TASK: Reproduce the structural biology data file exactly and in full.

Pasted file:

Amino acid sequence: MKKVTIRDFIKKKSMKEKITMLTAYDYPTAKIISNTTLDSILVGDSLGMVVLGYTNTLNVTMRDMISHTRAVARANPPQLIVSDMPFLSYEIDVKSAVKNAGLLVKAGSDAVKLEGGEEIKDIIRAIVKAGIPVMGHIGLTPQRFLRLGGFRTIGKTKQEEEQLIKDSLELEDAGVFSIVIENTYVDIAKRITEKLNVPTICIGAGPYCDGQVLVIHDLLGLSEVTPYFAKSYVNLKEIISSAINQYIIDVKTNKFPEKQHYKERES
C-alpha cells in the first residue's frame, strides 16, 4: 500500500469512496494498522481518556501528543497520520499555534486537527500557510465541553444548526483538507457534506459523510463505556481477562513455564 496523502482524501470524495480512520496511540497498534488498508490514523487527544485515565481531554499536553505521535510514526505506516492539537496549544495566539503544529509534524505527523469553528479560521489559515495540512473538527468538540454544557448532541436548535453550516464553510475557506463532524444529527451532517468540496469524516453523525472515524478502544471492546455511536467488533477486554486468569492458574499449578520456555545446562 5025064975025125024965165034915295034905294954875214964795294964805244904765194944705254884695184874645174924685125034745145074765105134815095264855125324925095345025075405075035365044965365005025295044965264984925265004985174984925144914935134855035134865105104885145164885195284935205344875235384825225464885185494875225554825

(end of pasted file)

Amino acid sequence: MKKVTIRDFIKKKSMKEKITMLTAYDYPTAKIISNTTLDSILVGDSLGMVVLGYTNTLNVTMRDMISHTRAVARANPPQLIVSDMPFLSYEIDVKSAVKNAGLLVKAGSDAVKLEGGEEIKDIIRAIVKAGIPVMGHIGLTPQRFLRLGGFRTIGKTKQEEEQLIKDSLELEDAGVFSIVIENTYVDIAKRITEKLNVPTICIGAGPYCDGQVLVIHDLLGLSEVTPYFAKSYVNLKEIISSAINQYIIDVKTNKFPEKQHYKERES
C-alpha cells in the first residue's frame, strides 16, 4: 500500500469512496494498522481518556501528543497520520499555534486537527500557510465541553444548526483538507457534506459523510463505556481477562513455564 496523502482524501470524495480512520496511540497498534488498508490514523487527544485515565481531554499536553505521535510514526505506516492539537496549544495566539503544529509534524505527523469553528479560521489559515495540512473538527468538540454544557448532541436548535453550516464553510475557506463532524444529527451532517468540496469524516453523525472515524478502544471492546455511536467488533477486554486468569492458574499449578520456555545446562 5025064975025125024965165034915295034905294954875214964795294964805244904765194944705254884695184874645174924685125034745145074765105134815095264855125324925095345025075405075035365044965365005025295044965264984925265004985174984925144914935134855035134865105104885145164885195284935205344875235384825225464885185494875225554825